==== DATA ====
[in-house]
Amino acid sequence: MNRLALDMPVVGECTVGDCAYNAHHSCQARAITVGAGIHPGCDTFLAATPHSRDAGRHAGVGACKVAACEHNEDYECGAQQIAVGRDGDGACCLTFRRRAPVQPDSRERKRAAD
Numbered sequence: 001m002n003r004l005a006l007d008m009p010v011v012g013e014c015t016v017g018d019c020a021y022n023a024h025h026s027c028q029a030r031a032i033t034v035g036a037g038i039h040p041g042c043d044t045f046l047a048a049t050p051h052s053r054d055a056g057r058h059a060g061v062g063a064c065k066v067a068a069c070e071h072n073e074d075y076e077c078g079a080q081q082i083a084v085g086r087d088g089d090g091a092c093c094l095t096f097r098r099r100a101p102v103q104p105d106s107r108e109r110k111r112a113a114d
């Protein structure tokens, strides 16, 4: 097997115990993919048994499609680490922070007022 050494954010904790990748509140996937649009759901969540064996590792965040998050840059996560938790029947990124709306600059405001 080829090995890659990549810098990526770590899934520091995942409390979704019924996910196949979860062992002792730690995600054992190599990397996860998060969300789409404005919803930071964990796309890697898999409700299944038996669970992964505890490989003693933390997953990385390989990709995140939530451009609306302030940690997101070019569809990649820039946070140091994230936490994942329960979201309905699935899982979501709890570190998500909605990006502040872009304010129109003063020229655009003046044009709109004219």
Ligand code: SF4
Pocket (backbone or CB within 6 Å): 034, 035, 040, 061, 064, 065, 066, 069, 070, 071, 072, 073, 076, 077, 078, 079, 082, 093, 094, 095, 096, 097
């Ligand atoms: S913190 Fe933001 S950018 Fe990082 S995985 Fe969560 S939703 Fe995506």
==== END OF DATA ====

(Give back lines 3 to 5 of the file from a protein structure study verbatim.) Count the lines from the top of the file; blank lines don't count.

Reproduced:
Numbered sequence: 001m002n003r004l005a006l007d008m009p010v011v012g013e014c015t016v017g018d019c020a021y022n023a024h025h026s027c028q029a030r031a032i033t034v035g036a037g038i039h040p041g042c043d044t045f046l047a048a049t050p051h052s053r054d055a056g057r058h059a060g061v062g063a064c065k066v067a068a069c070e071h072n073e074d075y076e077c078g079a080q081q082i083a084v085g086r087d088g089d090g091a092c093c094l095t096f097r098r099r100a101p102v103q104p105d106s107r108e109r110k111r112a113a114d
């Protein structure tokens, strides 16, 4: 097997115990993919048994499609680490922070007022 050494954010904790990748509140996937649009759901969540064996590792965040998050840059996560938790029947990124709306600059405001 080829090995890659990549810098990526770590899934520091995942409390979704019924996910196949979860062992002792730690995600054992190599990397996860998060969300789409404005919803930071964990796309890697898999409700299944038996669970992964505890490989003693933390997953990385390989990709995140939530451009609306302030940690997101070019569809990649820039946070140091994230936490994942329960979201309905699935899982979501709890570190998500909605990006502040872009304010129109003063020229655009003046044009709109004219």
Ligand code: SF4